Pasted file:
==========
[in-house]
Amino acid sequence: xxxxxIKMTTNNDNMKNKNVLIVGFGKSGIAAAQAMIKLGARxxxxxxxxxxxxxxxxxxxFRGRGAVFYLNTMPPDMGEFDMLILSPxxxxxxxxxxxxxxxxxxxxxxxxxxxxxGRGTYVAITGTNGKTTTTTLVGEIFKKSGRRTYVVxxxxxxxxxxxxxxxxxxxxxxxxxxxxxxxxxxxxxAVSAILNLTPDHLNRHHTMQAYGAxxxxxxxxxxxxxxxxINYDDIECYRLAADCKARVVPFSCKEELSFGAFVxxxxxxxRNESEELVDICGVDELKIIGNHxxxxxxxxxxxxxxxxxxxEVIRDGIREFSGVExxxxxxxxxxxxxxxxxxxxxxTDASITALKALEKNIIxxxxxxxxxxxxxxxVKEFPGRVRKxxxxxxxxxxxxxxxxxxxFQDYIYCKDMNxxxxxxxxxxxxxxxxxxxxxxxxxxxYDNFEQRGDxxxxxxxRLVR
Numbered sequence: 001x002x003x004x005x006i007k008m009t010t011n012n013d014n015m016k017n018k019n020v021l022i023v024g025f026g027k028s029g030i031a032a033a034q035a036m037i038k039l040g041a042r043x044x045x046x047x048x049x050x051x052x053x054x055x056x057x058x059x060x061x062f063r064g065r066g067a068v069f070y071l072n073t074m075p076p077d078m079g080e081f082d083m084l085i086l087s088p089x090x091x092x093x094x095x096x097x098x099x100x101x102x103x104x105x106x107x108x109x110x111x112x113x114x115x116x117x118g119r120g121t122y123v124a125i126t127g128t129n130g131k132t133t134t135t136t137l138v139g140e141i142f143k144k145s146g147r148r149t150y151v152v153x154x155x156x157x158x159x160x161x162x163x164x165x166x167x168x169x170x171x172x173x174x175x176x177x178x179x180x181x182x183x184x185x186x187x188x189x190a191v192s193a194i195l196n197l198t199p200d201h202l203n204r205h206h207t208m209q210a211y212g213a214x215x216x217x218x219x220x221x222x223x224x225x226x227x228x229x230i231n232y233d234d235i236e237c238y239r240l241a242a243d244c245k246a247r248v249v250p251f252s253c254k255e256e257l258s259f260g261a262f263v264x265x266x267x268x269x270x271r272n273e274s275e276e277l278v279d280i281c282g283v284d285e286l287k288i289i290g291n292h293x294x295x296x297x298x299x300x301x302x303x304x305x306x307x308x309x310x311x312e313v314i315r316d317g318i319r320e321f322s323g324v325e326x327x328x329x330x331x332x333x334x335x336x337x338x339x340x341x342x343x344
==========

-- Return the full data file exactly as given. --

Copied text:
[in-house]
Amino acid sequence: xxxxxIKMTTNNDNMKNKNVLIVGFGKSGIAAAQAMIKLGARxxxxxxxxxxxxxxxxxxxFRGRGAVFYLNTMPPDMGEFDMLILSPxxxxxxxxxxxxxxxxxxxxxxxxxxxxxGRGTYVAITGTNGKTTTTTLVGEIFKKSGRRTYVVxxxxxxxxxxxxxxxxxxxxxxxxxxxxxxxxxxxxxAVSAILNLTPDHLNRHHTMQAYGAxxxxxxxxxxxxxxxxINYDDIECYRLAADCKARVVPFSCKEELSFGAFVxxxxxxxRNESEELVDICGVDELKIIGNHxxxxxxxxxxxxxxxxxxxEVIRDGIREFSGVExxxxxxxxxxxxxxxxxxxxxxTDASITALKALEKNIIxxxxxxxxxxxxxxxVKEFPGRVRKxxxxxxxxxxxxxxxxxxxFQDYIYCKDMNxxxxxxxxxxxxxxxxxxxxxxxxxxxYDNFEQRGDxxxxxxxRLVR
Numbered sequence: 001x002x003x004x005x006i007k008m009t010t011n012n013d014n015m016k017n018k019n020v021l022i023v024g025f026g027k028s029g030i031a032a033a034q035a036m037i038k039l040g041a042r043x044x045x046x047x048x049x050x051x052x053x054x055x056x057x058x059x060x061x062f063r064g065r066g067a068v069f070y071l072n073t074m075p076p077d078m079g080e081f082d083m084l085i086l087s088p089x090x091x092x093x094x095x096x097x098x099x100x101x102x103x104x105x106x107x108x109x110x111x112x113x114x115x116x117x118g119r120g121t122y123v124a125i126t127g128t129n130g131k132t133t134t135t136t137l138v139g140e141i142f143k144k145s146g147r148r149t150y151v152v153x154x155x156x157x158x159x160x161x162x163x164x165x166x167x168x169x170x171x172x173x174x175x176x177x178x179x180x181x182x183x184x185x186x187x188x189x190a191v192s193a194i195l196n197l198t199p200d201h202l203n204r205h206h207t208m209q210a211y212g213a214x215x216x217x218x219x220x221x222x223x224x225x226x227x228x229x230i231n232y233d234d235i236e237c238y239r240l241a242a243d244c245k246a247r248v249v250p251f252s253c254k255e256e257l258s259f260g261a262f263v264x265x266x267x268x269x270x271r272n273e274s275e276e277l278v279d280i281c282g283v284d285e286l287k288i289i290g291n292h293x294x295x296x297x298x299x300x301x302x303x304x305x306x307x308x309x310x311x312e313v314i315r316d317g318i319r320e321f322s323g324v325e326x327x328x329x330x331x332x333x334x335x336x337x338x339x340x341x342x343x344